At the best of times, fiscal year ends are challenging. Organizations with upcoming or recent fiscal year ends will undoubtedly find them particularly challenging. Organizations with robust policies and procedures will likely fare better than those without. Consequently, it will be helpful to start your year end planning as early as you can. If possible, use downtime to create or update plans, policies and procedures. As you will see below, a wide range of policies and procedures supplement the business continuity, human resources, and health and safety considerations that are more directly engaged during a pandemic.
The following are just a few of the considerations which may take on increased significance for recent or upcoming year ends, particularly for organizations which have external audits and reporting:
- Reporting and Filing Deadlines: There are year end filing, reporting and payment deadlines, although some regulators and tax authorities may have provided extensions. This information will be on their websites or otherwise widely communicated. For instance, the Ontario Securities Commission has provided blanket relief for market participants as a result of COVID-19. Similarly, the Canada Revenue Agency has announced COVID-19 relief measures. Many other regulators or third parties have announced relief measures.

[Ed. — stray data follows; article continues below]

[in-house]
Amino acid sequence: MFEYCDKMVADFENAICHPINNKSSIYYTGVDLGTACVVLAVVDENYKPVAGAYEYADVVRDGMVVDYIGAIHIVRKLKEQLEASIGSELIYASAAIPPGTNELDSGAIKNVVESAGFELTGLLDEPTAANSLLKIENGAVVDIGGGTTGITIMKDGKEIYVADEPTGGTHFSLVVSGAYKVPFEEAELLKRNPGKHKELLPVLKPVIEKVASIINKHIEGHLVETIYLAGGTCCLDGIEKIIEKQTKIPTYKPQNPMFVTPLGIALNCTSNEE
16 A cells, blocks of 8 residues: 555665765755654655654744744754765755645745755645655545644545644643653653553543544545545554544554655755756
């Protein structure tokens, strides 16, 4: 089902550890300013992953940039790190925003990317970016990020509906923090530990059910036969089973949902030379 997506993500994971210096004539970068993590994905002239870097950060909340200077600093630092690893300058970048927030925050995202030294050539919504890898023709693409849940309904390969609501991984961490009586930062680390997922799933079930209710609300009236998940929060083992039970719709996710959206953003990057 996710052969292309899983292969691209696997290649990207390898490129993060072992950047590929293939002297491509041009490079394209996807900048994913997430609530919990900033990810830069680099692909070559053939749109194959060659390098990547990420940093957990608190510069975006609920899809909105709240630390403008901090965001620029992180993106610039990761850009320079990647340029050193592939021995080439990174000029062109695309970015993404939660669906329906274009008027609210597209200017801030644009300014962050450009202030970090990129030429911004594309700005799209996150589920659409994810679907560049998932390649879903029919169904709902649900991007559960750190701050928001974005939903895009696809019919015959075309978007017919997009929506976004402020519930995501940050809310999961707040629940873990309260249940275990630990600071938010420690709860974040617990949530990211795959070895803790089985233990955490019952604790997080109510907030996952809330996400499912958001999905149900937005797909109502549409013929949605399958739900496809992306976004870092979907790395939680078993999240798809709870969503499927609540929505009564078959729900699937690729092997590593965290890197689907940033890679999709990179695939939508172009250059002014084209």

Although governments may extend deadlines set by provincial and federal laws, deadlines in your contracts may not be automatically covered or extended. You may have to negotiate those timelines separately.
If you need extensions from regulators or other stakeholders to help you navigate COVID-19, ask. If you arrange extensions on an ad hoc or individualised basis, on terms that are not generally available to others or publicized, think about getting the extension in writing.